What Is Dysphagia?
You have probably felt like you`re helplessly choking on your food, especially when you try to swallow large chunks of bread or cake without chewing it properly. That`s what dysphagia feels like. Although everyone has experienced it at some time in their lives, the condition is different for dysphagic individuals who have to battle with swallowing difficulties virtually every day. Dysphagia, most times, is an indicator of a severe underlying medical problem. Here`s why it is crucial for everyone to be well informed of the condition and how to deal with it. You probably didn`t know that dysphagia affects one in every 25 adults in the United States annually, however, many of them go unattended to.
Dysphagia is a medical condition in which people suffer difficulties in swallowing food, as a result of nerve or muscle problems. The condition mostly affects infants and older adults, and is usually a symptom of an underlying medical condition.
Types of Dysphagia
There are three common types of dysphagia are; oral, pharyngeal, and esophageal. Oral dysphagia is usually as a result of tongue weakness that sometimes comes up after suffering a stroke. Pharyngeal dysphagia stems from problems in the throat, which are in turn, due to neurological problems affecting the nerves, as evident in the case of amyotrophic lateral sclerosis, Parkinson’s disease, or a stroke. Esophageal dysphagia is the type that happens when a blockage or irritation affects the esophagus.
Symptoms of Dysphagia
- Recurring pneumonia
- Stomach acid returning the throat
- Choking on food
- Coughing or gagging when you try to swallow
- Inability to control the amount of saliva in the mouth
- Difficulty in chewing or controlling the food in the mouth
- Sudden weight loss
- A feeling of food stuck in the throat or chest
Causes of Dysphagia
This is usually due to the destruction of brain cells resulting from the lack of oxygen.
Amyotrophic Lateral Sclerosis
This incurable condition causes progressive neurodegeneration, and is a reason some people suffer dysphagia.
When the muscles of the esophagus contract abnormally, it may cause dysphagia, among other conditions.
Scleroderma is a group of autoimmune disorders that harden and tighten the skin and connective tissues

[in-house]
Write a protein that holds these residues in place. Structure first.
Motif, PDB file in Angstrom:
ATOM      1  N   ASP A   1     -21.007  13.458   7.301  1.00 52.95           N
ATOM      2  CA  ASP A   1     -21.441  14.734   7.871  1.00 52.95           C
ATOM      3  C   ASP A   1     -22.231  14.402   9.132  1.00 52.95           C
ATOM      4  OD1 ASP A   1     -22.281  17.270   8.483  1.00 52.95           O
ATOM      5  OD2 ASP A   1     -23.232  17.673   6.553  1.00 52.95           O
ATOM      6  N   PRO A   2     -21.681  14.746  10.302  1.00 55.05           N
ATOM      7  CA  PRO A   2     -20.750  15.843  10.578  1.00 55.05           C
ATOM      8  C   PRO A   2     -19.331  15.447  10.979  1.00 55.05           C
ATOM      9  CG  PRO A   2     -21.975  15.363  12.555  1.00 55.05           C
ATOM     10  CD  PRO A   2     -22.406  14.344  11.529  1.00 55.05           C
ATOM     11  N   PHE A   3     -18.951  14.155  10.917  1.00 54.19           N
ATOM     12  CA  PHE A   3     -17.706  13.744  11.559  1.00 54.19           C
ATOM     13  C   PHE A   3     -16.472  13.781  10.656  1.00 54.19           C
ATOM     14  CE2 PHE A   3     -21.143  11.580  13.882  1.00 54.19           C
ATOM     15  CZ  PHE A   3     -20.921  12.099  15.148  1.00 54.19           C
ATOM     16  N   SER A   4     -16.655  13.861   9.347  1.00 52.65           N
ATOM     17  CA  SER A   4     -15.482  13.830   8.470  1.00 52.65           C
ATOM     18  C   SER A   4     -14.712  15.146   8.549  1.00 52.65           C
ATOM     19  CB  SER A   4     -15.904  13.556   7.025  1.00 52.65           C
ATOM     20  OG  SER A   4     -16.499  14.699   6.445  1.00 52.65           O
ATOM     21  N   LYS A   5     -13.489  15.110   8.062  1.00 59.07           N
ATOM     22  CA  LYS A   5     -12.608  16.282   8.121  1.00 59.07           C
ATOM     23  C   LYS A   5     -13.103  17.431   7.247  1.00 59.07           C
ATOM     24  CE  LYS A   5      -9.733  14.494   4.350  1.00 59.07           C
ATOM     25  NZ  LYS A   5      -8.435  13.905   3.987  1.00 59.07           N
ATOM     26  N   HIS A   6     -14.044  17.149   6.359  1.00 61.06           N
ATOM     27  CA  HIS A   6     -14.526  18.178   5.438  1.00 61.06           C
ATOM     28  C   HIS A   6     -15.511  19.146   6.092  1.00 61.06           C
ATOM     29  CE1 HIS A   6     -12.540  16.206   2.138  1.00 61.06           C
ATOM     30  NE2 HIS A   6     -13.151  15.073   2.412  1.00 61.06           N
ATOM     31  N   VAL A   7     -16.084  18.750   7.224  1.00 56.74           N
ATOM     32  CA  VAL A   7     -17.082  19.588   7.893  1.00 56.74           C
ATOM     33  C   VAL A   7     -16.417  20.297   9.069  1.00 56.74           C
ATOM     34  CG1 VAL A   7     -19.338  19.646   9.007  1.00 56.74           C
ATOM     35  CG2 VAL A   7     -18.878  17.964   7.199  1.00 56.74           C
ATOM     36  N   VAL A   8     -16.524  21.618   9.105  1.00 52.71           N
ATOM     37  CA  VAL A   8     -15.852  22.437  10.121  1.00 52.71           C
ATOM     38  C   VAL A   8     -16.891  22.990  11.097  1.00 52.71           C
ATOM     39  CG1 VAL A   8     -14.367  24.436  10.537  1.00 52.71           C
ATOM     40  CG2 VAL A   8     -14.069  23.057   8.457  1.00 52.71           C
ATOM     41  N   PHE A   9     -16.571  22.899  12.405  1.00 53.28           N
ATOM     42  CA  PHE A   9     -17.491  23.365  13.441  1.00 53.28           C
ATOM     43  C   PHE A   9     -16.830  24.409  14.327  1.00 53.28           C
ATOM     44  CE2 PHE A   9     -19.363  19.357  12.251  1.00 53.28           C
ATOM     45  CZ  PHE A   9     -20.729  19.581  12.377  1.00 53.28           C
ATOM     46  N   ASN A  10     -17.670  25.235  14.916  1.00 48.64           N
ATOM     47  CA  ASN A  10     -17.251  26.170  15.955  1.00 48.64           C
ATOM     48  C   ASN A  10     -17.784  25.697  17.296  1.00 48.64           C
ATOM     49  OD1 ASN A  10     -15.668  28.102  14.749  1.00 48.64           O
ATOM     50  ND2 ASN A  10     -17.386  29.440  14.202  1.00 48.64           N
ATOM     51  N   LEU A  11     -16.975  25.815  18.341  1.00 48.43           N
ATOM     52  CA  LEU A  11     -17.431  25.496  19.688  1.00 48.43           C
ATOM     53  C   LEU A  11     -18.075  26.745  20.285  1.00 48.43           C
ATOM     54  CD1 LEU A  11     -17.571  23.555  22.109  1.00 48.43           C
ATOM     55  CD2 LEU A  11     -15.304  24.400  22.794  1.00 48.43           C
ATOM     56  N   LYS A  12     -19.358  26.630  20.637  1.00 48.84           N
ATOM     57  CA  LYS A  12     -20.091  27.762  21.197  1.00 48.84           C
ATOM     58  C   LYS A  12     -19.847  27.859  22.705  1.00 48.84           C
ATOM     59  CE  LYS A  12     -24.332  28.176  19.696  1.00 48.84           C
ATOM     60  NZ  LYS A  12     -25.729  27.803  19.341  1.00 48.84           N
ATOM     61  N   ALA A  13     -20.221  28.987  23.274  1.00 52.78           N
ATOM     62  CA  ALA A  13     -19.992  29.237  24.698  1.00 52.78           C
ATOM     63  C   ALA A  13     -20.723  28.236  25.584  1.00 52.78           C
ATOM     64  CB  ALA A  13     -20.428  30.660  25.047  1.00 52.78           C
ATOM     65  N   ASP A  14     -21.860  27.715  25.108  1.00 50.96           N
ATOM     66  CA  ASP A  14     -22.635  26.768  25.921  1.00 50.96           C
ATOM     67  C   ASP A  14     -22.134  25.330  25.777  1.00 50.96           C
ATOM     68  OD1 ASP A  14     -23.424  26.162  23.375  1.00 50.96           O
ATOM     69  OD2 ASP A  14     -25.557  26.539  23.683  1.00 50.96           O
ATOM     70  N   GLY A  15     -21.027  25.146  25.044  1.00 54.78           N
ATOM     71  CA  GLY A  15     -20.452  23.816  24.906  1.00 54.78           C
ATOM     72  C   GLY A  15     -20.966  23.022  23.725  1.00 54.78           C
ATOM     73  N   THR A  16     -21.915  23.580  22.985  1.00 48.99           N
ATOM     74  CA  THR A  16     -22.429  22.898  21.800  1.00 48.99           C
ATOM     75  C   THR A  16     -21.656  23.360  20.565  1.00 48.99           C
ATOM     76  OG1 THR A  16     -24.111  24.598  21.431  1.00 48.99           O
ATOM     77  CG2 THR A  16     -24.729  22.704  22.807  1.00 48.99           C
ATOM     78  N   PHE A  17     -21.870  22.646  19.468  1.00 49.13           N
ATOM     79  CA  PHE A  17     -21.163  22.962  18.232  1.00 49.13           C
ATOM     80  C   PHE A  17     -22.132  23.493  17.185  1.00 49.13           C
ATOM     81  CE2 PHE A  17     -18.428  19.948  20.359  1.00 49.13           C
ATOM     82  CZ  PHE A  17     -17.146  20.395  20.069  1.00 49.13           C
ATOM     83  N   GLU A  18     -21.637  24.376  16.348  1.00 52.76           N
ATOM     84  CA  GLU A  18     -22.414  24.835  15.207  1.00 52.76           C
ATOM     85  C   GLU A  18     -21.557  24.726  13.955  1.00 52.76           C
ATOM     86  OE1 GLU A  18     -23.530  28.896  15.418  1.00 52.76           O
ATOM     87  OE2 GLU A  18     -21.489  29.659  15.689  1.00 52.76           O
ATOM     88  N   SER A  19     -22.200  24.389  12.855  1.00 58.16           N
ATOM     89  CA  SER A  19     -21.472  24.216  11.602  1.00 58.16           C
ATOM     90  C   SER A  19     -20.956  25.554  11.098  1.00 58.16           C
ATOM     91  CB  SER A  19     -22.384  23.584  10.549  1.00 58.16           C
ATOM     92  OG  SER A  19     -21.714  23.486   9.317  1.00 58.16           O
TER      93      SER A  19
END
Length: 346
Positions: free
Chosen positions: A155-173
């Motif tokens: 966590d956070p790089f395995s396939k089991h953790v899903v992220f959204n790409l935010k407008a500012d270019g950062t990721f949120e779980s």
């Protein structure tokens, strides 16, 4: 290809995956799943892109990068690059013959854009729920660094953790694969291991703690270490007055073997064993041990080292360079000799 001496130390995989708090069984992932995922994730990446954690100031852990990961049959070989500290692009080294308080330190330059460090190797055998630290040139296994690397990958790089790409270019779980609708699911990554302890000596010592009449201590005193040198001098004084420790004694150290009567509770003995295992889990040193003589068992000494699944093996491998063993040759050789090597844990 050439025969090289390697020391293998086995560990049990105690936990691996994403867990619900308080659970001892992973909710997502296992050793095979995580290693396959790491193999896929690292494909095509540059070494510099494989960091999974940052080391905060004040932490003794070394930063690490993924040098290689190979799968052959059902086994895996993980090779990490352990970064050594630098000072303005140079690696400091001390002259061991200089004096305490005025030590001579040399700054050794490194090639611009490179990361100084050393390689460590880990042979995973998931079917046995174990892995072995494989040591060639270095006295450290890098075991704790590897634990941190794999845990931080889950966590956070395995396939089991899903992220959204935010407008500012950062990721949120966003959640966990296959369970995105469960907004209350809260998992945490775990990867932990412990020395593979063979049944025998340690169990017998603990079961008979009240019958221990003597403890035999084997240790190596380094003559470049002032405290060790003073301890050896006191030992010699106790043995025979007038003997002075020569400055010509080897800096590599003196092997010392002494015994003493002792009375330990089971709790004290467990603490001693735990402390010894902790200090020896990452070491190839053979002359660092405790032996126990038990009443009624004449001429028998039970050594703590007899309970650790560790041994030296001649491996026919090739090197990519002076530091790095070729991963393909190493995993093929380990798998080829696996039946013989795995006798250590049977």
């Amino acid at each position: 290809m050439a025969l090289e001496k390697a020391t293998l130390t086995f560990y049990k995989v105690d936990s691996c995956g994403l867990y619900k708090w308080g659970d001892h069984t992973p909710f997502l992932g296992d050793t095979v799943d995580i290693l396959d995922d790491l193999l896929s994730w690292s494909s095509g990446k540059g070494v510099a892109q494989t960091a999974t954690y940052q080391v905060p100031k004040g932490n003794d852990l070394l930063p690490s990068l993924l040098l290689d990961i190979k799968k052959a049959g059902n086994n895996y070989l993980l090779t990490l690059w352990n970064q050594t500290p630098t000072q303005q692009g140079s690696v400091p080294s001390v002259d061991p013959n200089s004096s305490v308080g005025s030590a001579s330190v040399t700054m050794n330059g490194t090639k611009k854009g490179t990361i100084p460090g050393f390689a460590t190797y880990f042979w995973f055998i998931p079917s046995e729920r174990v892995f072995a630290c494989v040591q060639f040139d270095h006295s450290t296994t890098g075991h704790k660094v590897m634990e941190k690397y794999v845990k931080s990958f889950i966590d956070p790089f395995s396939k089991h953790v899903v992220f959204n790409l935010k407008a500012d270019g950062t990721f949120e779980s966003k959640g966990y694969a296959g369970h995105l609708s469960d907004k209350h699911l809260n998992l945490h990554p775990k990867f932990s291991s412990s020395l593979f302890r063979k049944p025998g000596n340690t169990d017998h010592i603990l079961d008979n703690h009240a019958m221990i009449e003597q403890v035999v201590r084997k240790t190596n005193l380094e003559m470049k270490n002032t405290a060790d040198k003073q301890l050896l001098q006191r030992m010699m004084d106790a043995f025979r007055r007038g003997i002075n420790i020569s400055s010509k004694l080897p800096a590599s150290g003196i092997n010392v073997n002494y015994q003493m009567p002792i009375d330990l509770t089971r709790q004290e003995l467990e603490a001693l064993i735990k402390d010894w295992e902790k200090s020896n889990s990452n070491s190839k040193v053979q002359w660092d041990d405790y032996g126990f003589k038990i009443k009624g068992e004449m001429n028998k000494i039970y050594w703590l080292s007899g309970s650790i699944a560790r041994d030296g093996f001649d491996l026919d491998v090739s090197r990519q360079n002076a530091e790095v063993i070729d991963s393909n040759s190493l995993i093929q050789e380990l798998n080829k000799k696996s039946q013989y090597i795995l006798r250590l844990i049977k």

Cancer of the Esophagus
People who are diagnosed with cancer of the esophagus usually suffer dysphagia.
The esophageal ring is a narrowing of a small portion of the esophagus, which may result in dysphagia.
This degenerative neurological disorder impairs motor skills, and may inevitably affect one’s ability to swallow food conveniently.
Dysphagia may occur as a result of the destruction of myelin which protects the nerves.
Risk Factors of Dysphagia
The body never remains the same as one gets older. Much older people are at a higher risk of dysphagia because of the wear and tear their bodies undergo over time.
Neurological Medical Conditions
People who suffer neurological conditions are at risk of dysphagia.
Smoking and Alcohol Intake
People who consistently smoke and consume alcohol may suffer dysphagia. So here’s another reason to stop smoking and drinking alcohol.
How to Diagnose Dysphagia
Here are some of the tests used in diagnosing dysphagia.
The patient is made to swallow foods of different consistencies to see which one among them is causing difficulty in swallowing.
Endoscopy entails the use of a specialized camera to study the esophagus. There may be need for a biopsy if the doctor suspects cancer.
This study measures the pressure changes while the esophageal muscles are in use.
Barium Swallow Test
This test requires the patient to swallow a liquid containing barium which will show up in the x-rays, enabling the doctor to analyze the esophagus and its muscle activity.